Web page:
Same Portrait, Different Colours


I found these two images of Da Vinci’s portrait of a woman (c.1473) and I like to invite you to observe the difference.

Of course the portrait is the same, only reflected. However, the colours are very different as a result of photography (lightning) and/or printing (pigments).

The large version has a terracotta and sepia colour palette. The beautiful warm reddish colour is complemented with a bit of subtle deep purple discolouration above the eye and in the dangling hair. The paper looks damaged with some whitish discolouration and even a bit of very vague green. The black is beautifully deep, especially at the place of the eye and next to the profile to the woman to push her face to the front and her hair to the back.

Now, observe the smaller version. This image looks faded. Still there is some orange-sepia at the top of the head. There is more green and blue in this image. Notice the soft green eyebrow and deep red in the nostrils. The woman’s dangling hair is grey, green, blue as well as red-brown. Her dress looks soft green. There is just enough black left to suggest depth, and enough ‘white’ to suggest light.

Both versions have a truly beautiful colour palette. What does colour do to you? To me the large sepia version feels warmer and fills me with human warmth. Due to the predominately terracotta colours, this drawing feel earthly. The smaller faded version overall makes a more ethereal impression. It makes me think more of the woman, who has lived and died and is fading in time, providing me with a sense of impermanence.  For a room that needs human warmth, I would opt for the larger version. For a place for meditation or contemplation, I would choose the faded one.

What about you?


Instagram @mindfuldrawing


9 thoughts on “Same Portrait, Different Colours

  1. Mmh, I would choose the first picture. I like the warm coloured version better. And although the eyes are closed, the face looks more gentle to me.
    Thank you, Paula, for your wonderful art-lessons. All the best, Martina 🙂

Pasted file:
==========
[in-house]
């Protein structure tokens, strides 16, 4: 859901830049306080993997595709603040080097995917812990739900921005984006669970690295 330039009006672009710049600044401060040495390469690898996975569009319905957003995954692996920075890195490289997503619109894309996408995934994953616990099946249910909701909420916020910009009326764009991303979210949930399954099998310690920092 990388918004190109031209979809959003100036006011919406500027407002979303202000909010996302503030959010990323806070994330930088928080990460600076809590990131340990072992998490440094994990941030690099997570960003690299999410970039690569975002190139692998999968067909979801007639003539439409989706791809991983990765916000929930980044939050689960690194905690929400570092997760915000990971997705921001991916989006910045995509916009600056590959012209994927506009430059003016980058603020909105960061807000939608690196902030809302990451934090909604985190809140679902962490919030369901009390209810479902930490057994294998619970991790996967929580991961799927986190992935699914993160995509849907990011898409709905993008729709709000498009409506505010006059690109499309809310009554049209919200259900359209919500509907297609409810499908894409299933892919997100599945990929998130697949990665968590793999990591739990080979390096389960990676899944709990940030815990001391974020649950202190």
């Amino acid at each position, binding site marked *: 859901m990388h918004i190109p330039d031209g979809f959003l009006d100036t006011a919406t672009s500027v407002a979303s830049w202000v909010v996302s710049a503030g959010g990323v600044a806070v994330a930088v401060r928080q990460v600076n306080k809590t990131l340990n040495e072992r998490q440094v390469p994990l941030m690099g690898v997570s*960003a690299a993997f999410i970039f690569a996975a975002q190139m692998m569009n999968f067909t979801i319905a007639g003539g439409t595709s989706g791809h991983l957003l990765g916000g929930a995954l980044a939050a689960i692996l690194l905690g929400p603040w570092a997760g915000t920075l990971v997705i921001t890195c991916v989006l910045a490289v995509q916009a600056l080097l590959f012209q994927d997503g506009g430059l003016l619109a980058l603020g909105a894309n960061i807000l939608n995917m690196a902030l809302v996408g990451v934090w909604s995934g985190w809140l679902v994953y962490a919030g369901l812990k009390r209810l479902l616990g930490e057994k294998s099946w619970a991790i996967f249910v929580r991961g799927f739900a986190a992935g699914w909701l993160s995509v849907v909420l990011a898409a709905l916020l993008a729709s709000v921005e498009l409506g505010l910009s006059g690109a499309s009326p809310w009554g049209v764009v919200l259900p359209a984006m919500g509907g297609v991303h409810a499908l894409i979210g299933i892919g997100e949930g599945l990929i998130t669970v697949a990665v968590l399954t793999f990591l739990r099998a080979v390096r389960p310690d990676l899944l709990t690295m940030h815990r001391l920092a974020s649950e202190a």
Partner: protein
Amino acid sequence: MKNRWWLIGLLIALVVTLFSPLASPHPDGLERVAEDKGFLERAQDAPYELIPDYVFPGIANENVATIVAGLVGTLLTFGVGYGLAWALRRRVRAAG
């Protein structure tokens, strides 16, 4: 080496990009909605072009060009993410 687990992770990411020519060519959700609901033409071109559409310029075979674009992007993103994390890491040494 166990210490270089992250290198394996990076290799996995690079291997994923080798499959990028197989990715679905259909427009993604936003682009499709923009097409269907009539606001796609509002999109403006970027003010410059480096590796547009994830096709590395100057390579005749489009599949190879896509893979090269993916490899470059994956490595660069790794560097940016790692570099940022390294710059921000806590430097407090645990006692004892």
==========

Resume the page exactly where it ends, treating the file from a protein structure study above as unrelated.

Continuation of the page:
2. I marvel at your perspective, Paula – you have such a good, mindful eye for nuances that I would certainly miss. The larger of the two has almost a cloth-like appearance – as if it would be soft to the touch. I think I’m drawn more to the smaller, especially in light of your assessment of it.

  3. Thank you for the beautiful insight into observation and reflection. As I was hurrying through my busy day a stop to read you post made me realize how much I look, but how little I see. A God incident that has made my day better. Thank you, again.

  4. I prefer the smaller of the two images, I think it is probably a truer likeness to the original, not that I have seen the original, sadly, but the variation in colour is greater than the larger, more monotone one. It shows how very different and altered a copy can become. Even in my own work I find that after I have photographed a piece I have to spend time with ‘photo fix’ to get it any where near my original artwork. It’s very interesting, and I would be very happy with either of the above images!

    1. You describe well how we sometimes have to alter our digital images to stay close to the original. It is about finding a balance between the original colourful palette and over-saturation. And, yes! I would be happy with either images. They are wonderful.
      Thank you for your valuable comment.

  5. They’re both stunning, but I think I prefer the bottom one. It gives me a feeling of tranquility and peace. Wonderful post!

Leave a Reply

Fill in your details below or click an icon to log in: Logo

You are commenting using your account. Log Out /  Change )

Google photo

You are commenting using your Google account. Log Out /  Change )

Twitter picture

You are commenting using your Twitter account. Log Out /  Change )

Facebook photo

You are commenting using your Facebook account. Log Out /  Change )

Connecting to %s